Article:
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GH2 workflow recommendations
  • Hello everybody! I bought myself a GH2 to use in a school club which is dedicated to making a movie each year. Before we had people who just took a Canon DSLR, shot with it and edited it as it was. This year I am planning on using a hacked GH2 to shoot the video and then transcode it to another format to edit. Now there is only two issues:

    1. I am planning to use the GH2 for very long shoots (weddings, school events) at 30p where I don't need a high bitrate (I need to have very long recording times with a 64 GB card). I am wondering what patch will allow me to do that. Also I am wondering what bit-rate to shoot at; Is there any huge advantage to shoot at 80 mbits compared to around 40 mbits.

    2. We are using both Windows and Macs to edit this so I am wondering what I should transcode the avchd footage too. I was thinking about pro-res 4:2:2 but I don't know if that will work nicely. What other format do you recommend to use. I was thinking maybe one of Avids formats can work.

    Thanks for your time

  • 18 Replies sorted by
  • I recomend SANITY 5. VariableBitRate, exceptional quality, takes advantage of every byte in your card!i mostly use 720/50p and the bitrate is from 8 to 50 mbps. Example, a 16gb card when i insert it , monitor says 42min and i never get less than an hour. When i recording concerts or theatre on a stage, the GH2 is in the same position in a tripod i can record about 2hours!!!

  • Hmmmm... Are there any other good patches? I can do almost any patch out there since I managed to procure a Sandisk HD Video Extreme card.

    Also I need to figure out what I should transcode the footage to.

  • DNxHD you can use on both Mac and PC, whereas PRORES is mac only.

    That said you'd best check what comes with the free AVID codec downloads, as I am not sure if you get all flavours. I am not sure as I have AVID media composer and thus have the full complement.

    Your best bet is to do short tests.

    Patch wise, I tend towards the latest and greatest driftwood patch, and flowmotion where I need a long recording time.

  • @kavadni I see you recommended using DNxHD. I'm in a PC using Premiere Pro and After Effects CS 6. Is there any benefit going to DNxHD before editing over just editing the AVCHD files directly? (Dont know it makes difference but I'm shooting with Apoc Now Boomv1 setting)

  • @matt_gh2 I love editing in Avid Media Composer, but it (as of now) will not work directly (via AMA) with the MTS files from the GH2. Transcoding to DNXHD is great for a proxy res, but in the end you will want to work with the MTS files if you do grading. If you can't grade with MTS files, I suggest transcoding to uncompressed files like TIFF. You are lucky, Adobe CS6 works great with the MTS files. You really should not have to transcode to DNXHD. If you are having trouble with you system handling the codec in real time, make DNXHD proxies for editing, but use the original files for your final encode.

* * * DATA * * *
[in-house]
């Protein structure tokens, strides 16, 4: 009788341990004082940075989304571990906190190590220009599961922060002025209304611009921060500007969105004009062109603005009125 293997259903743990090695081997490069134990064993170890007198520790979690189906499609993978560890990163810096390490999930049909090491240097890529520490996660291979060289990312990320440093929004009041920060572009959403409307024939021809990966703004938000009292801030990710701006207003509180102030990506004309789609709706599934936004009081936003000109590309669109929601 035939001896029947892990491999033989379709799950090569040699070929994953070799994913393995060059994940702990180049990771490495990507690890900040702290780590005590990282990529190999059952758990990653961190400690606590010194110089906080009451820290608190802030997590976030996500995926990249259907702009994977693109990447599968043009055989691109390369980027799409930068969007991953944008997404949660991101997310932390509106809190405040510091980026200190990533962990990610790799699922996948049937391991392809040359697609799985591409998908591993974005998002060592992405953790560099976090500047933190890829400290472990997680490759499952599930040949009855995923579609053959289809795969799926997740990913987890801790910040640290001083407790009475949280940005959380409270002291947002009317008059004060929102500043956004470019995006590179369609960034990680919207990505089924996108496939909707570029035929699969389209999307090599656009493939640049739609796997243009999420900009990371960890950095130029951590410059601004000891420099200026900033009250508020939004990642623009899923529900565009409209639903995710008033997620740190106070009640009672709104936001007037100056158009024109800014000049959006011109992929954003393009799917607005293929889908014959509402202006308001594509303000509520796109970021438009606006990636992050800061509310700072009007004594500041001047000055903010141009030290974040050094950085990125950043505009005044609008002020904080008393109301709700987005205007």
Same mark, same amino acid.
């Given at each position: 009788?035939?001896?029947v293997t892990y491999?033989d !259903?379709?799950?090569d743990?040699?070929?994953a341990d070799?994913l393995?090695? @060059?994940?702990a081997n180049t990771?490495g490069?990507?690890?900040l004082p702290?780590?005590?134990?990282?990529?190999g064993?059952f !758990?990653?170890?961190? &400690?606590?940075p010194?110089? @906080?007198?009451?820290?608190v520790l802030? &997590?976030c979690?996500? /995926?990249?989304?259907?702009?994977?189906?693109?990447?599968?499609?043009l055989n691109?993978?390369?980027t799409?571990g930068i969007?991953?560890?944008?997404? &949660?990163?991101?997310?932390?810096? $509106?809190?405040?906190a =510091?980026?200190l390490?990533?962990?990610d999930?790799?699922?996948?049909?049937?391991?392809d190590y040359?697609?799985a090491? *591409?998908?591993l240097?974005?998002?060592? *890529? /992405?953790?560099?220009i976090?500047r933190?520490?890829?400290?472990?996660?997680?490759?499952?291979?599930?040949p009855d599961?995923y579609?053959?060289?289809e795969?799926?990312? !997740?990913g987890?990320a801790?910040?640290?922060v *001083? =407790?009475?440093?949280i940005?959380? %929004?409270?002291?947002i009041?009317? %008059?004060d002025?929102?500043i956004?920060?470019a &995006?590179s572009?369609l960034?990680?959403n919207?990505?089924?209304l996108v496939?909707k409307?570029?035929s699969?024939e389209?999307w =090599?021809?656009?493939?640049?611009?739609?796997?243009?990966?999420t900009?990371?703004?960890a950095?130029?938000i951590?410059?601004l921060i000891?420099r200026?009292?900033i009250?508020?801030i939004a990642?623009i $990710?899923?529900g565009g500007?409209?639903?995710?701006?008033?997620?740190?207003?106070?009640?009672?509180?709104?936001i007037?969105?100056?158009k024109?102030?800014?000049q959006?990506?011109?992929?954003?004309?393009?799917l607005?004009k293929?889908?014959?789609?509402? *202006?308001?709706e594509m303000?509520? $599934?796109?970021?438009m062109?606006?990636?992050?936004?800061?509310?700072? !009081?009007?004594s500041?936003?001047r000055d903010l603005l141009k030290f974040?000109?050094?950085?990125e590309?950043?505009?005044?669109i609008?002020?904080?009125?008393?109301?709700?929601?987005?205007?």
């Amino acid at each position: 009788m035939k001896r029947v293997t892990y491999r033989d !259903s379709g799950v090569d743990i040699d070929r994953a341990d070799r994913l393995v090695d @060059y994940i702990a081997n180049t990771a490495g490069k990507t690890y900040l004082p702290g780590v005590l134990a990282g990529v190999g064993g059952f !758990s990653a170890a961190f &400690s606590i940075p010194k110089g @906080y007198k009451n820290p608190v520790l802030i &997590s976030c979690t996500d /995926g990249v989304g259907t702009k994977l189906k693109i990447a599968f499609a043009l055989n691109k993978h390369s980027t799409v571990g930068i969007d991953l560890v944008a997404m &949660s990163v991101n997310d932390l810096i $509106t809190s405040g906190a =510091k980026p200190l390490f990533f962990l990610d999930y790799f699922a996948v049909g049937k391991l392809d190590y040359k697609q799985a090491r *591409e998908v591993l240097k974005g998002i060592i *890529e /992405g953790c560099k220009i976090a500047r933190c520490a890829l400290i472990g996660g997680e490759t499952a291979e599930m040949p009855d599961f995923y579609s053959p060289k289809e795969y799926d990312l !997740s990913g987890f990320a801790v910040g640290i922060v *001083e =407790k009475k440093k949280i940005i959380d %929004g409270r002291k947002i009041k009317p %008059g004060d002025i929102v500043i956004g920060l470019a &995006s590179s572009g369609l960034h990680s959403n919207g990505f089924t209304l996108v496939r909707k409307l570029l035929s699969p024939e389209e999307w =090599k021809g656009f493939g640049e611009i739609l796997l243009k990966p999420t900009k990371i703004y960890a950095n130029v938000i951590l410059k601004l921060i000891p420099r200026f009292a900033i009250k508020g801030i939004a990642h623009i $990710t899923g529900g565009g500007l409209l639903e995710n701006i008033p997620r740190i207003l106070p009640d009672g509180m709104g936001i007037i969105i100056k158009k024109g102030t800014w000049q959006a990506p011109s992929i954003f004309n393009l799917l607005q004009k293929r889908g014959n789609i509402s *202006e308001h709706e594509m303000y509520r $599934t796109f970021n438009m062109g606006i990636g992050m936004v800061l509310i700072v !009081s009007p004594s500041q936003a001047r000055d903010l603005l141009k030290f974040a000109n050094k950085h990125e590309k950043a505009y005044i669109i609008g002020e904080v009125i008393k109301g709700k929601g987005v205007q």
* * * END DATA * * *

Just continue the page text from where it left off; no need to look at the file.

• @matt_gh2 and @fredfred27.

    Media Composer will work directly with the GH2 .mts as of v6 using the AMA plugin. It was extremely flakey prior to that, now it's just a little flakey (scroll too fast and get a 'consumer timeout' or some such error).

    I am an advocate of always working with a proxy, unless the job is going through in less than 48Hours and is pretty much cuts only. The use of proxies will speed up the editing process.

    @fredfred27 is correct, in that you should use the original files for the final encode. That said I don't. I transcode to DNxHD 185 (25fps) renaming and time-codeing, and then make the proxies from those files. I return to the DNxHD 185 for the final encode.

    If I was working with one of the AVCHD Intra codecs, then I might not bother with the DNxHD 185. Remember if you try to edit anything that is not 'Intra' (using Intra as a generic term, each frame is completely self contained) then to view the frame / perform a simple dissolve / do anything, the NLE will have to 'load', for example with GOP 12 AVCHD, 12 frames from disk.

    As example I can play from my drives :
    9 streams of DNxHD 36 simultaneously in real time.
    3 streams of DNxHD 185 not quite real time, but smooth and consistent
    3 streams of AVCHD even at 24Mb stutters stops and freezes

    The limits of the DNxHD are due to drive speed, the limits of the AVCHD are processing power. I have 2 x Quad Core Xeons at 2.25 GHz, and entry Quadro 600 GPU.

  • Or, if you planing to buy an editor, prefer EDIUS which handles all the files as a"knife on butter"

  • @kavadni @fredfred27

    Thsnks-perfect-just what I needed to know. I'm using an intra codec and my system is handling everything withiut delay, so I'll just keep using the original files. On a separate note @kavadni, not sure why you play separate streams simultaneously (overlapping shots on timeline?) Also my system is only a single quad core with 2.2 GHz and 16GB ram. My biggest delay, which I dont consider a problem, might be if I apply color correction or warp stabilizer to 10 second clip...maybe it takes 15 seconds to fully render. So unless you are talking about avoiding that small delay, it would seem that your dual quad core should be very quick. (My footage is Boom usually, so it comes in around 100Mbps) Maybe you do some other more processor intensive task.